Practices such as pair programming, testing, retrospectives and continuous builds have been around for decades. But are these practices an Agile fairy tale? It sounds simple, but Agile is not magic. Software development is hard. It's not just about managing changing requirements and working with the business, it's also about humanity and teams, and understanding that people make mistakes.

In software engineering there is often a focus on the negative; software engineers don't talk enough about successes. The key is to take baby steps and take responsibility for what you're doing. Practices such as Agile and XP are all inter-related; they're about striving for more rather than dropping the bar so that everyone can jump it.

In his talk, Tim emphasised the importance of sharing a common vision for architecture. We may think we're talking about the same thing but in reality we may not be, so it's important to look down the road and understand how that road will change. It's important to share a North Star vision for a project. Drawing sketches and having visual metaphors, storyboards and visual artifacts go a long way in getting joined-up thinking.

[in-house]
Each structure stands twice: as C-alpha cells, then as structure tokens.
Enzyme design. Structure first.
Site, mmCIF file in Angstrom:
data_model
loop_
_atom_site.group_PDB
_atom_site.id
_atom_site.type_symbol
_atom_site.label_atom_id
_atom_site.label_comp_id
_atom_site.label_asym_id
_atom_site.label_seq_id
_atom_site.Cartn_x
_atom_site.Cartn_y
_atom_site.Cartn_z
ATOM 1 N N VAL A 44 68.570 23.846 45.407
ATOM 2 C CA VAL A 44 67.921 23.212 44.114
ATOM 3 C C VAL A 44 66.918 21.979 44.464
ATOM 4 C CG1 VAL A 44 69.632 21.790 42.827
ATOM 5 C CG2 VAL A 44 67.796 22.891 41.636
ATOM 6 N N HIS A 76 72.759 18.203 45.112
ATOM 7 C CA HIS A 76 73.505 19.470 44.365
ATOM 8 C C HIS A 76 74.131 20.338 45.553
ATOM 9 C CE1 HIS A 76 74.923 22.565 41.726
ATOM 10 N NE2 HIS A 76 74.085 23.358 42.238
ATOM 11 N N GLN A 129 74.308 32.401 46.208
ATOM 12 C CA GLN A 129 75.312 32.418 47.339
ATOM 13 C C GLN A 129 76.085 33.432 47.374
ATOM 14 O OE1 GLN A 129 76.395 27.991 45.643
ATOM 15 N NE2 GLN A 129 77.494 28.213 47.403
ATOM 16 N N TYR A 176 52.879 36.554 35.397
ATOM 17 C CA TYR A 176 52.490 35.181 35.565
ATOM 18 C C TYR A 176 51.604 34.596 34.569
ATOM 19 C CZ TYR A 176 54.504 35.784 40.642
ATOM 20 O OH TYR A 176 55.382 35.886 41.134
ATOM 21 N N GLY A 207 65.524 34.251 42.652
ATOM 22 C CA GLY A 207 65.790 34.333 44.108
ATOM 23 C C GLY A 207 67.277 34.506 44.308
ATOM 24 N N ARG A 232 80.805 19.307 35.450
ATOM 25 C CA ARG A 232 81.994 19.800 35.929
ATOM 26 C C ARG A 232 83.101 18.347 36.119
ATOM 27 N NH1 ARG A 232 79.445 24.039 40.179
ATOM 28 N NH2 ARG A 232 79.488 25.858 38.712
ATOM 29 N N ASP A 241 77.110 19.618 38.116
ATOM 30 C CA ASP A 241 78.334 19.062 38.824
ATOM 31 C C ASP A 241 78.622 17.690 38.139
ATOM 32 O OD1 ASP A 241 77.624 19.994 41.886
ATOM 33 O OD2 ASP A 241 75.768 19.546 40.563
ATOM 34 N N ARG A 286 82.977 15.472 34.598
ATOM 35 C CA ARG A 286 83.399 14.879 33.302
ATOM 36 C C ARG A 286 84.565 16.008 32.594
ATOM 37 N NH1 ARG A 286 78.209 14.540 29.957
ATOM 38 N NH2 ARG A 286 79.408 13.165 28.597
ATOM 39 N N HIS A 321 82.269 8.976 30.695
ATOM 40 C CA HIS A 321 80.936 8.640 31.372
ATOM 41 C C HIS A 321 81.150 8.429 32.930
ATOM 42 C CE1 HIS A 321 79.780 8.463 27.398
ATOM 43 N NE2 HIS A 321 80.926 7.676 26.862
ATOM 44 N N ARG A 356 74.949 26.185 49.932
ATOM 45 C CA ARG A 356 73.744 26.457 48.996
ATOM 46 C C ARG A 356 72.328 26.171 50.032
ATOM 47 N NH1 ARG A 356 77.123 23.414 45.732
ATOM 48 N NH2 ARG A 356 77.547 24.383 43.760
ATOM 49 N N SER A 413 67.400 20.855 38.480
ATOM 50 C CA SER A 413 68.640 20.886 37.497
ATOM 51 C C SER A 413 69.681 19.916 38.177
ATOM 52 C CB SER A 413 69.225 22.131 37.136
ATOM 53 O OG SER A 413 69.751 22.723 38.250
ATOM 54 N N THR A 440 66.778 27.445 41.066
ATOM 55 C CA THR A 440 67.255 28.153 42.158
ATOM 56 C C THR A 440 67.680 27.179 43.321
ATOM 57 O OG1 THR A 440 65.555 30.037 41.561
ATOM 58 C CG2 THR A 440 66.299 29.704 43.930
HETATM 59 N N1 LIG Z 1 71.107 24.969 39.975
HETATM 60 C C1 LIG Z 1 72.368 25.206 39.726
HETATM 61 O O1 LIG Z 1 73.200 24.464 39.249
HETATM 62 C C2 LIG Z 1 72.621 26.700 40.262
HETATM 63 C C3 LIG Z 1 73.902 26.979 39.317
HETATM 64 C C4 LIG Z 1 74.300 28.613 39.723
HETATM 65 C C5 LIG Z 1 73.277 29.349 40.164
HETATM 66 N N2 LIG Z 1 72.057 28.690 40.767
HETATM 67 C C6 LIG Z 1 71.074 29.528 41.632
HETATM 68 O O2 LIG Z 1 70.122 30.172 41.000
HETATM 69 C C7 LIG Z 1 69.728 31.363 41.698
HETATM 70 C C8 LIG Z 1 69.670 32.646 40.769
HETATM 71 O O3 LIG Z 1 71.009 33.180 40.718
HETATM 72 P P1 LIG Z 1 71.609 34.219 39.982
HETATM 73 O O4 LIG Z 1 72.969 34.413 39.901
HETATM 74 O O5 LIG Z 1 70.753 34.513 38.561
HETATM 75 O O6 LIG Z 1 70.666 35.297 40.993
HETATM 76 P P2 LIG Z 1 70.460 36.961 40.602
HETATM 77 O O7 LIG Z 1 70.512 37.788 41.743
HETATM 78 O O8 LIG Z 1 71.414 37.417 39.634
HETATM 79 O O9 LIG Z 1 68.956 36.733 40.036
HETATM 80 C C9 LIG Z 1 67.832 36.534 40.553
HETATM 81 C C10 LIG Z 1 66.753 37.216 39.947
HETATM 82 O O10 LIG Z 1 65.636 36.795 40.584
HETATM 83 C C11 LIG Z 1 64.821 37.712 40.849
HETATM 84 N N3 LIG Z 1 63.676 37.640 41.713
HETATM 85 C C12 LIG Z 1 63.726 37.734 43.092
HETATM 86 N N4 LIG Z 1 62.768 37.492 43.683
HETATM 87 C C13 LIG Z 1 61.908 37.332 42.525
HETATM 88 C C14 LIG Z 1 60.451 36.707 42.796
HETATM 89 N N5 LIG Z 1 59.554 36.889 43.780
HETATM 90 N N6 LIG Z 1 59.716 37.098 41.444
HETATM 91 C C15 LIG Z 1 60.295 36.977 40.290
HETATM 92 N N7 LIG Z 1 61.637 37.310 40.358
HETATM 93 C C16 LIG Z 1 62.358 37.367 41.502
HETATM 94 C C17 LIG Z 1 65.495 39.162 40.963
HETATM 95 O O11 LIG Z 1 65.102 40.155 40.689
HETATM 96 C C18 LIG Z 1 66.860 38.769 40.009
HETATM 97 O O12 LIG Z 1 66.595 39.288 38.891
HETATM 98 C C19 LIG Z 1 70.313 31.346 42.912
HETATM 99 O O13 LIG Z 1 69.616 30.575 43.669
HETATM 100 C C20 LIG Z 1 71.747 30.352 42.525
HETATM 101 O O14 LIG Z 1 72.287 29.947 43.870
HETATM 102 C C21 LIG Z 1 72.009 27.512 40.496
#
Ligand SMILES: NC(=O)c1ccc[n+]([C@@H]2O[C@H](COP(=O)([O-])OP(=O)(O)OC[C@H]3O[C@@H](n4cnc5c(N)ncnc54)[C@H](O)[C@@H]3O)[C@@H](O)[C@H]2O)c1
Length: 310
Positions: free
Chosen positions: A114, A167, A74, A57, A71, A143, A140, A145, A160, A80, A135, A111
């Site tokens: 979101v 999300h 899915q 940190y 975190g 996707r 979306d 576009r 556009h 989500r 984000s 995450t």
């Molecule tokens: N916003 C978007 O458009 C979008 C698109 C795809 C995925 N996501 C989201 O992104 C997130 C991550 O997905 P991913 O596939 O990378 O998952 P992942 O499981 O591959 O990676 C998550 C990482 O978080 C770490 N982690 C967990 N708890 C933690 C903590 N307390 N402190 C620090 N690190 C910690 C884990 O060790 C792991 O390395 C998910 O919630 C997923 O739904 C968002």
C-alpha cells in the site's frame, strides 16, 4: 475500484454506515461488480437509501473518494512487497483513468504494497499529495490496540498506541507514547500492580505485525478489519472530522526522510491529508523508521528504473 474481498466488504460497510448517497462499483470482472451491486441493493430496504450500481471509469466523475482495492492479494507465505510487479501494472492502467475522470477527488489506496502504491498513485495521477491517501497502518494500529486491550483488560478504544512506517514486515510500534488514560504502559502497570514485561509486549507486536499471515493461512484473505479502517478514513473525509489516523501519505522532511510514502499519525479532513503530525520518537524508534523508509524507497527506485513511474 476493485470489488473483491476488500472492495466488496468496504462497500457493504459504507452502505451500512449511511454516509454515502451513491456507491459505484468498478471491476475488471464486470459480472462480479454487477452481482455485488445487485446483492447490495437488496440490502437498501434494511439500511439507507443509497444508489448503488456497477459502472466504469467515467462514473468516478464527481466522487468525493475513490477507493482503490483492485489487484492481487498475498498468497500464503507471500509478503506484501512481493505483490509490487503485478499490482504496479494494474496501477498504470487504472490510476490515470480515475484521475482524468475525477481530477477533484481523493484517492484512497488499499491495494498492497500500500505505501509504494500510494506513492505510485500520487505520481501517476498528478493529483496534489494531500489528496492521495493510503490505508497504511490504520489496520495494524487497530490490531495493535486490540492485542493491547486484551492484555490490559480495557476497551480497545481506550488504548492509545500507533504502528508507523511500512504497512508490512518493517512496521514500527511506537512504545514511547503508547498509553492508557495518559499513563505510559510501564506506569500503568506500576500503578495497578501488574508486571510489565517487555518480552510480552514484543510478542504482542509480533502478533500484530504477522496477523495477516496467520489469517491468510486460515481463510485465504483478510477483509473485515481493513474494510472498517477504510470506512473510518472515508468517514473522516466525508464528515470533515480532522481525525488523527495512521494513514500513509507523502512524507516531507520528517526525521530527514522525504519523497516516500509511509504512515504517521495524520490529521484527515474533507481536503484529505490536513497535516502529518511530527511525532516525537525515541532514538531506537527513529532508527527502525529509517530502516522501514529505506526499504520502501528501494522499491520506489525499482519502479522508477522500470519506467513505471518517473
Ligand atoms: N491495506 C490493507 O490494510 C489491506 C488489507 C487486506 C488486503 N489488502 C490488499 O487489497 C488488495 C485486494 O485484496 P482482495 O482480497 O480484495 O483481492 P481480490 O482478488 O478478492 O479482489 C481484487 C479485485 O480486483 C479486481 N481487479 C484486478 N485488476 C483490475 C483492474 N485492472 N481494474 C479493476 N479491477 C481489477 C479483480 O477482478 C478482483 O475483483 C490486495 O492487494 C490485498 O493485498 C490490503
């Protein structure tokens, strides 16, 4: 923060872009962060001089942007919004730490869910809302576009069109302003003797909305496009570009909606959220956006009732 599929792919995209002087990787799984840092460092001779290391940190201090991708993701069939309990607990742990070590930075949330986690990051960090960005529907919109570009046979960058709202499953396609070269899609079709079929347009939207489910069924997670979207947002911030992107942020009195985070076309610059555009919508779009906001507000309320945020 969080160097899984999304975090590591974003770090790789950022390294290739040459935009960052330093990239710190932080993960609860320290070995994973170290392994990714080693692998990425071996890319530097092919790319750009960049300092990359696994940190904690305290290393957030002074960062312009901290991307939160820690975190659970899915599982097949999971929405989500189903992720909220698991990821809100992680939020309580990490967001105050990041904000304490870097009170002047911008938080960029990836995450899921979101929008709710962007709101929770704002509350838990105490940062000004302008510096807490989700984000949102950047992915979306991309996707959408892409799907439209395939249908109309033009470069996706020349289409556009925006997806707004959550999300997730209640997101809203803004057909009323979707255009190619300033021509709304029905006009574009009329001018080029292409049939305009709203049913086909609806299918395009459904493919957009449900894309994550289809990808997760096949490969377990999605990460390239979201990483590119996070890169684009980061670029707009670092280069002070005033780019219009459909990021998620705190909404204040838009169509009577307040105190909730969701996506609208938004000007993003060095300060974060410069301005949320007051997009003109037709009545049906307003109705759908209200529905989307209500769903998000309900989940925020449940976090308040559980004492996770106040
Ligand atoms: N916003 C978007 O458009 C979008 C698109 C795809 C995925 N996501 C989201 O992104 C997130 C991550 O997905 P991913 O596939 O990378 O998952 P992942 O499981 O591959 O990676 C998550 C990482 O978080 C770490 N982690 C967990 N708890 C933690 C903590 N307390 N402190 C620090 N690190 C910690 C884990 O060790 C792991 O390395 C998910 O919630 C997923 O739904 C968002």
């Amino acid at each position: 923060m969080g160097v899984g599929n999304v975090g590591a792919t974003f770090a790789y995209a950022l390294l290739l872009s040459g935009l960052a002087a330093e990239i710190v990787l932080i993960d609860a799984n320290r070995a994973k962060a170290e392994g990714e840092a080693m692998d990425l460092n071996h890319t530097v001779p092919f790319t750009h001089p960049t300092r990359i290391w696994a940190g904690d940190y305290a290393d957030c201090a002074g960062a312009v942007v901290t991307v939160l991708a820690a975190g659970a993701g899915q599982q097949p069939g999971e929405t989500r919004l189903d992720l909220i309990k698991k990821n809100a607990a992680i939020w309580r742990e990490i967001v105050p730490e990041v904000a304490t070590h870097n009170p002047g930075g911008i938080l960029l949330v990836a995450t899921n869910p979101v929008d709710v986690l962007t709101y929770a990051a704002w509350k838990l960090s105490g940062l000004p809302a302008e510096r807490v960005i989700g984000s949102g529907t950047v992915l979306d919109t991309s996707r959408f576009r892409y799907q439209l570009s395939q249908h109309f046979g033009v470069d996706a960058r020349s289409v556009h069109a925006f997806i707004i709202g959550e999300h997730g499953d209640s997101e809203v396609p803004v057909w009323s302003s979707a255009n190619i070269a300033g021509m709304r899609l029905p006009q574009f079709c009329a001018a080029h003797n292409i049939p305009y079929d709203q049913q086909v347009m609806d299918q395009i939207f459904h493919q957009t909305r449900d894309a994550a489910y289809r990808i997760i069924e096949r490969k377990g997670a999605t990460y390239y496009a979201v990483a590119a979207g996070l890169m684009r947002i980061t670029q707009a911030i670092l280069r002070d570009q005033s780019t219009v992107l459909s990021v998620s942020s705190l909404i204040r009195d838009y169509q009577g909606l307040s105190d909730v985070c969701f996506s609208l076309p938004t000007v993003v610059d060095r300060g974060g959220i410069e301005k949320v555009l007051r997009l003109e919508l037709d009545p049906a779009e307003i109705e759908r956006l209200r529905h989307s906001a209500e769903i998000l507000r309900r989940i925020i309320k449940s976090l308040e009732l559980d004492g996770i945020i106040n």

Simplicity can often be undervalued in tech. Domain-driven design advocates creating an ubiquitous language and simple design - doing the simplest thing that could possibly work. Tim reminded us that CRC cards are an underused art that can help teams understand the entities in a system and how they communicate with each other. Acting out the system using CRC cards can help to simplify solutions.

Tim stressed that all practices are important and to focus on how to do something better or in a different way rather than throwing it out.

Some of these practices might include:

  • Using the '5 Whys' technique to get to the root cause of every error.
  • Writing tests for features.
  • Refactoring as a routine. Like maintaining simple hygiene in a restaurant, there's always tidying up to do.
  • Pair programming to improve quality, pulling the load together and having fun in achieving.
  • Short releases and small iterations.
  • Planning and ensuring cards have a good title. Iteration planning and estimations can be kept lightweight to understand the tradeoffs in what to do over what to drop.
  • Burndown charts.

Concluding, Agile still delivers in 2021. Balancing business and technical decisions, managing risk, using people-oriented processes and most of all making things human is important. It's thinking about how to hit a ball down a golf course, then dreaming about where you're going and creating a positive core.

Domain-driven design: A beacon for legacy software